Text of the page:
What's more, modern technology may make recorded knowledge even more fragile. If no one has a record player, vinyl recordings of great music -- which have never been transferred to CD -- cannot be heard again. Floppy disks had become obsolete within only 10 years. And while CDs and tapes are amazing ways of recording words, sounds, and images, they too are fragile.

When a computer breaks down, data losses can be huge. Today, we can record masses of information, but it can be lost forever in the blink of an eye!

When we look at the transmission of ideas this way, it is remarkable how much has survived. We have clues about how much has been lost. But we also see times and places in history when conditions favored the preservation of knowledge and its transmission across cultural barriers.

Favorable Conditions for Knowledge Sharing

Expansion of empires has sometimes resulted in great bursts of learning. Empires bring together people of many languages and cultures under one government -- often times a very wealthy one. Great leaders have paid for books to be collected from all over the world, housed in libraries, and translated. These rulers recognize that knowledge is the foundation of power.
Just as a nutritious meal gives the body energy, collection of knowledge and translation stimulates learning and sciences in these empires. This process is part of the development of civilizations. The spread of religions has also led to scholarship, travel, and exchange of ideas.

The search for religious wisdom has often led to study of nature, and the collection and translation of books. Conversely, the search for natural wisdom has led to the study of religion. Trade -- and even warfare -- can spread ideas and result in the desire to gain access to the best ideas that others have.

The spread of religions has also motivated scholars to learn. It has connected them with others who wish to share knowledge and technology. Buddhist monks and pilgrims -- as well as Muslim, Christian, Jewish, and Zoroastrian monks, missionaries, and travelers -- along the Silk Roads carried knowledge and promoted literacy among their followers.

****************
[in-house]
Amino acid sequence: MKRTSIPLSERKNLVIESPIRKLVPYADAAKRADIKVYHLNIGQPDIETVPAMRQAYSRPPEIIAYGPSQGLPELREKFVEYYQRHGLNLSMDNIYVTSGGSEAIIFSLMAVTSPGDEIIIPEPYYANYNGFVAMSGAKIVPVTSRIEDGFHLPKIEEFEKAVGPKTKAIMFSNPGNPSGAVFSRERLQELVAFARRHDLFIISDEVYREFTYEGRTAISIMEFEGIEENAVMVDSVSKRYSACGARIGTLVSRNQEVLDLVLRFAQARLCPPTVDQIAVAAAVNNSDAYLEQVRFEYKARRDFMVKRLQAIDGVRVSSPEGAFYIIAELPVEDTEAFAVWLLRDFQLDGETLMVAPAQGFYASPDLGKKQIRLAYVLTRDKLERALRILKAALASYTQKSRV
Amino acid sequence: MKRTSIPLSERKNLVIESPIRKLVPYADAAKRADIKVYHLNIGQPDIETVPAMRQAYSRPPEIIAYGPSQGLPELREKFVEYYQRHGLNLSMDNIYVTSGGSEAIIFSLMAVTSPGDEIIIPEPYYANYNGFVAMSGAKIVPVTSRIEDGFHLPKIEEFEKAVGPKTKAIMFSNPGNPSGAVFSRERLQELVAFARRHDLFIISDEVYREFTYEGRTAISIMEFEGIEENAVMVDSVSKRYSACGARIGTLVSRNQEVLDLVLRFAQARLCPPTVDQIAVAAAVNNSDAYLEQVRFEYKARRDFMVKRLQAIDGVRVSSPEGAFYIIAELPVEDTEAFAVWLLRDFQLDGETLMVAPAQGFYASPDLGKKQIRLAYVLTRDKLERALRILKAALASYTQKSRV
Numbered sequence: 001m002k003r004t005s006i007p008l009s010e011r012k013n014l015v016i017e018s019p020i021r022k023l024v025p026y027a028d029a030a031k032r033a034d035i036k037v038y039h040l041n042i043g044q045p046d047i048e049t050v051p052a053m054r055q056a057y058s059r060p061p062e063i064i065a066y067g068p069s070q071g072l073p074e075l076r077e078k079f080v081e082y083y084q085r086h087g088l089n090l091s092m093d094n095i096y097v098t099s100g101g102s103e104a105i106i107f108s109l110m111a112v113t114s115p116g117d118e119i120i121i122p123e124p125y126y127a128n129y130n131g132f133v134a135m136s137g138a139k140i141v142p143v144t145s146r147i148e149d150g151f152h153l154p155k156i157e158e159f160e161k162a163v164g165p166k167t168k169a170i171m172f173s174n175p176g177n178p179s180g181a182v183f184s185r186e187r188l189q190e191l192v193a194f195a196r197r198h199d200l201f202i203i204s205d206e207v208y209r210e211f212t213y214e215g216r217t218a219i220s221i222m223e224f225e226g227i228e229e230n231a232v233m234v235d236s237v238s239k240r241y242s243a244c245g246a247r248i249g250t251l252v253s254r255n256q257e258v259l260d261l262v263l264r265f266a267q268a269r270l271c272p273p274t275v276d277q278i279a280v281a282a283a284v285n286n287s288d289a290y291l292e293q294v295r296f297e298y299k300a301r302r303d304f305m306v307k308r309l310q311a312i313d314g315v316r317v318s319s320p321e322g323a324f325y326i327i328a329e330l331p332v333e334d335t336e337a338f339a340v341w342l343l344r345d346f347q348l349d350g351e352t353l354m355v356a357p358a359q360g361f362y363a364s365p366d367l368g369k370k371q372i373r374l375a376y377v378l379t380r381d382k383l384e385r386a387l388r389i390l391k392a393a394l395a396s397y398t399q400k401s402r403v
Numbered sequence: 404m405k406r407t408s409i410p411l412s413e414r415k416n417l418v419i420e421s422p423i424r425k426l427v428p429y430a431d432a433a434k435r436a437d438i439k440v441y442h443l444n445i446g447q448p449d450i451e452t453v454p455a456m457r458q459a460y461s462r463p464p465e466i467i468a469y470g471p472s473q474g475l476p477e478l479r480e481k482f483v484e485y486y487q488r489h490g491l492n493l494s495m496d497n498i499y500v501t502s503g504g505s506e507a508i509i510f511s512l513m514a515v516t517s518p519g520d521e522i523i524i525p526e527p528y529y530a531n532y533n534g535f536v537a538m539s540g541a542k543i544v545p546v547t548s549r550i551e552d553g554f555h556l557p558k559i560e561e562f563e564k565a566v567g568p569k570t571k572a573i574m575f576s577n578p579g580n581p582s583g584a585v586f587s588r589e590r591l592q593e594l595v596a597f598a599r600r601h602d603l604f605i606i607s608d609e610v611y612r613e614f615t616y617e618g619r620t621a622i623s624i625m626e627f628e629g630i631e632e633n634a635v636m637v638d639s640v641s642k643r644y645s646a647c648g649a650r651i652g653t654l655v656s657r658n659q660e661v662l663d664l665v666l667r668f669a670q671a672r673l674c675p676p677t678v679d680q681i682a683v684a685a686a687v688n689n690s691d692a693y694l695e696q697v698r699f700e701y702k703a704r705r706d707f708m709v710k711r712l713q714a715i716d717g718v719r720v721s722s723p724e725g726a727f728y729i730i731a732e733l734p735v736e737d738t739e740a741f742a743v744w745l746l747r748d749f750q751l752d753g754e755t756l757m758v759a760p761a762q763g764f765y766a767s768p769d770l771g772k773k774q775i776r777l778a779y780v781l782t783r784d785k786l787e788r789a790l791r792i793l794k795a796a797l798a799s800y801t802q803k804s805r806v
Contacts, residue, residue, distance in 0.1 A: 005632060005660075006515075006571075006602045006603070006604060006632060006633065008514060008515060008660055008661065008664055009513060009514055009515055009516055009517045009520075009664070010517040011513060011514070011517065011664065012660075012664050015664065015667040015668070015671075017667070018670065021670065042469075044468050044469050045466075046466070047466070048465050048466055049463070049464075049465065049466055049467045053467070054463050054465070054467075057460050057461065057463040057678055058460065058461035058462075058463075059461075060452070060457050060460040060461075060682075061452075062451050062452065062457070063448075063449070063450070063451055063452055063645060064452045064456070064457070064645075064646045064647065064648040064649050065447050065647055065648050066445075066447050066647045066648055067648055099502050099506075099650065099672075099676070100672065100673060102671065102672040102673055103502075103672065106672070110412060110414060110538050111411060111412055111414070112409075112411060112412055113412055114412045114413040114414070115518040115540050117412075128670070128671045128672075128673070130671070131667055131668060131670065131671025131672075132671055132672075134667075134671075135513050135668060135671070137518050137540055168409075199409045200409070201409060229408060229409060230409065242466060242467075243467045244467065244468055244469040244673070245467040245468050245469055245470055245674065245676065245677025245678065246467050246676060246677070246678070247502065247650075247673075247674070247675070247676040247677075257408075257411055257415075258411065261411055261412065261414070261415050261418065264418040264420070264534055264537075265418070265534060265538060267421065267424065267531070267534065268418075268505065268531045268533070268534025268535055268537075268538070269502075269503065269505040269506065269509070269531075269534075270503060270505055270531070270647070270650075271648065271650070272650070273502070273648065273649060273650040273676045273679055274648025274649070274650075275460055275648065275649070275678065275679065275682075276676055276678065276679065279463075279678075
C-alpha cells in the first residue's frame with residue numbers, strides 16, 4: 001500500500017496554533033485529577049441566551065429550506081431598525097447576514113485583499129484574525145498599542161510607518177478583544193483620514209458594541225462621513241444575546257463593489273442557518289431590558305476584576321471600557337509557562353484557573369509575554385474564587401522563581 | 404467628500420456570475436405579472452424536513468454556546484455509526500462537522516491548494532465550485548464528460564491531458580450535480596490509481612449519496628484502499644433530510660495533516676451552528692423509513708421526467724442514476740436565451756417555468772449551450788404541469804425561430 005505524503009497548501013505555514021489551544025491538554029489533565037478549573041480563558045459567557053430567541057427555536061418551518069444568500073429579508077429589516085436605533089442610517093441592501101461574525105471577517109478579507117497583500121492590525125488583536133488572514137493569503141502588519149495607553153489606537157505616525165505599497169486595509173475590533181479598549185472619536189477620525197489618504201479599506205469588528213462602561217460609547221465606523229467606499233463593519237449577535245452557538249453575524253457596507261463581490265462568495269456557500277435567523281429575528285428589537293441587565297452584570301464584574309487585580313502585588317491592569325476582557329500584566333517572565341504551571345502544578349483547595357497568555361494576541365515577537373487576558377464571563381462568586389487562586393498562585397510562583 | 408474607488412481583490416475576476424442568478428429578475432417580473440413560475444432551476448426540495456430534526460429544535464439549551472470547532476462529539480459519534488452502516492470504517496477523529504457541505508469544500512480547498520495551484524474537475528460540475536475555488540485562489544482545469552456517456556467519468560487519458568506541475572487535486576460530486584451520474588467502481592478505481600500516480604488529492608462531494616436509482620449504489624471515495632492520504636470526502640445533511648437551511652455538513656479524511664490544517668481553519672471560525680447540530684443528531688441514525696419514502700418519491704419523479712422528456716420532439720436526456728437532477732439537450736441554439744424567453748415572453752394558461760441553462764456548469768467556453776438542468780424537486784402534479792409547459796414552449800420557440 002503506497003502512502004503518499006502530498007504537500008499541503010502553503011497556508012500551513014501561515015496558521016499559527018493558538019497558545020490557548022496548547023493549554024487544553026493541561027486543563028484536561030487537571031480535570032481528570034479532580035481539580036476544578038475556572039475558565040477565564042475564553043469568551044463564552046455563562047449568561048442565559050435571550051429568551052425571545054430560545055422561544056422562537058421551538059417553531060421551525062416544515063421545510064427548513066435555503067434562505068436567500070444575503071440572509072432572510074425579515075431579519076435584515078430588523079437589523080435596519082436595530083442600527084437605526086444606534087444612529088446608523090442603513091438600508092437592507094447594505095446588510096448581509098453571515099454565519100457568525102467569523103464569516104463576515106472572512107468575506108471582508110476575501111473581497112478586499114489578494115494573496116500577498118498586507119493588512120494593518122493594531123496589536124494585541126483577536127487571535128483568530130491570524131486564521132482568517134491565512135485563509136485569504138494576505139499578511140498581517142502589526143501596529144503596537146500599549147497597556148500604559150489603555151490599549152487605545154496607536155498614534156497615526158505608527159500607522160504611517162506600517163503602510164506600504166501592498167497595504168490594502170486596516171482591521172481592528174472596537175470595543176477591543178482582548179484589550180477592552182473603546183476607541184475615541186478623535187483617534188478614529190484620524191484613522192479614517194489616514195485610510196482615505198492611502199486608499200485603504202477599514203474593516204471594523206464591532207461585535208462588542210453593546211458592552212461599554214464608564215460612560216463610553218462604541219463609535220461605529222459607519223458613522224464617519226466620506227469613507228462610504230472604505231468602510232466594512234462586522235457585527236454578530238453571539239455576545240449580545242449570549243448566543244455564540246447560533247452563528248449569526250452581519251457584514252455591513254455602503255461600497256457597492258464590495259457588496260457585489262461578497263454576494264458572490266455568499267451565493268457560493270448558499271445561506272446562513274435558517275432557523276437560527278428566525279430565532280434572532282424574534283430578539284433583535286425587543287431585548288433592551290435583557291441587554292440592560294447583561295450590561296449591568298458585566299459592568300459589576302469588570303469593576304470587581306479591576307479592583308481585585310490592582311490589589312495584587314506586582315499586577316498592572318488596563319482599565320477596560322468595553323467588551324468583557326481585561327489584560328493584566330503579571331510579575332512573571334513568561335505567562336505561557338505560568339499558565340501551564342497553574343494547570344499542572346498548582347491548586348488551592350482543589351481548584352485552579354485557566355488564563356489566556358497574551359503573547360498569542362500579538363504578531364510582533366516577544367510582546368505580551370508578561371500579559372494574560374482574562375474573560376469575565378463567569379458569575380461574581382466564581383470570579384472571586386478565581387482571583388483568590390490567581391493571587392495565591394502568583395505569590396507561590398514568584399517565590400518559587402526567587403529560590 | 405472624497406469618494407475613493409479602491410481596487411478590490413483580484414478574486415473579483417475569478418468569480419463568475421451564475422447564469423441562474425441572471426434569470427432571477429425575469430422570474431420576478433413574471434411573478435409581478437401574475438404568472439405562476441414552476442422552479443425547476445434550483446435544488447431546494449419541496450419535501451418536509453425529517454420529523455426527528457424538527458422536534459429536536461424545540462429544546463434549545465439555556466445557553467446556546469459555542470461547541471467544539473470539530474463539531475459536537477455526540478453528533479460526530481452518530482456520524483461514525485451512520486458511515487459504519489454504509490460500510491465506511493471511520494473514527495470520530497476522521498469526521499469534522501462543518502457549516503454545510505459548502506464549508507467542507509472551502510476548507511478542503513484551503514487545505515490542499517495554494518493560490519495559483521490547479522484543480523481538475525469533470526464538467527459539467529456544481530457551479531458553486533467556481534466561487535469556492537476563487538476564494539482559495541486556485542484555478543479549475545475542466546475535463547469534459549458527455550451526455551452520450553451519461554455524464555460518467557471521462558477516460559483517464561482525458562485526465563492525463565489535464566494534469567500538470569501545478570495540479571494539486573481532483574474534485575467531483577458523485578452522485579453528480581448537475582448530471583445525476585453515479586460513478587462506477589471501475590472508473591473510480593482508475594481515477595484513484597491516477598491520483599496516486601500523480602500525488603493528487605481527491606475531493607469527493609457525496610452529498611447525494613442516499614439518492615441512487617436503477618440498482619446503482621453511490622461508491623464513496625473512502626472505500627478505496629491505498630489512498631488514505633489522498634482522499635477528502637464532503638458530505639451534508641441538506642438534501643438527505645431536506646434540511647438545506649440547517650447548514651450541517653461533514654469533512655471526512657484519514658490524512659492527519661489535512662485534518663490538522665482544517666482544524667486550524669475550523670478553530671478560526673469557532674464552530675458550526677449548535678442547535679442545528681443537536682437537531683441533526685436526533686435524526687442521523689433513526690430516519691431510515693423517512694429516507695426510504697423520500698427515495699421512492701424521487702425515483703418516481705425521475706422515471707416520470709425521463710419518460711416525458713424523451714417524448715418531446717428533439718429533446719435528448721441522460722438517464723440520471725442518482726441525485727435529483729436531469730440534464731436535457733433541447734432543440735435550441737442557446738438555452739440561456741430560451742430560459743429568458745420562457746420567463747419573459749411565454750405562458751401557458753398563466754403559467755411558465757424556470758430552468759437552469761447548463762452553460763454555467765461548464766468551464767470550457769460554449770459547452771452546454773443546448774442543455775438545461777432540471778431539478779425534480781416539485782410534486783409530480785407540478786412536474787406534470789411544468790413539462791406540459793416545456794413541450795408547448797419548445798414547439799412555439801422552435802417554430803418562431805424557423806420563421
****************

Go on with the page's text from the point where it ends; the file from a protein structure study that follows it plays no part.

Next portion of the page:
The spread of Christianity into Africa and Europe stimulated reading, writing, and study, as many early Christians wrote down their ideas. The Jewish tradition of learning has been carried into the many lands where they have settled and traveled for trade. Jews often became fluent in language. Their cohesive society and common linguistic, scholarly, and literary culture bridged far-flung regions and encouraged their employment as merchants, diplomats, and administrators.

The spread of Islam across Africa, Asia, and southern Europe greatly encouraged the spread of learning, through the growth of cities, trade networks, and new technologies.

Muslim civilization inherited, developed, and passed on the learning of all the cultures with which it came into contact. The key to these achievements centered on collection, preservation, and transformation of treasured learning from many sources.

Cooperation among people of different languages, cultures, and religions has taken place at numerous times in the past. From time to time, scholars of different faiths have sat down to listen to one another and work out ways of translating their languages, patiently transcribing the results.

Places where knowledge is collected and society is tolerant -- even for a time -- have acted as magnets for those in search of learning.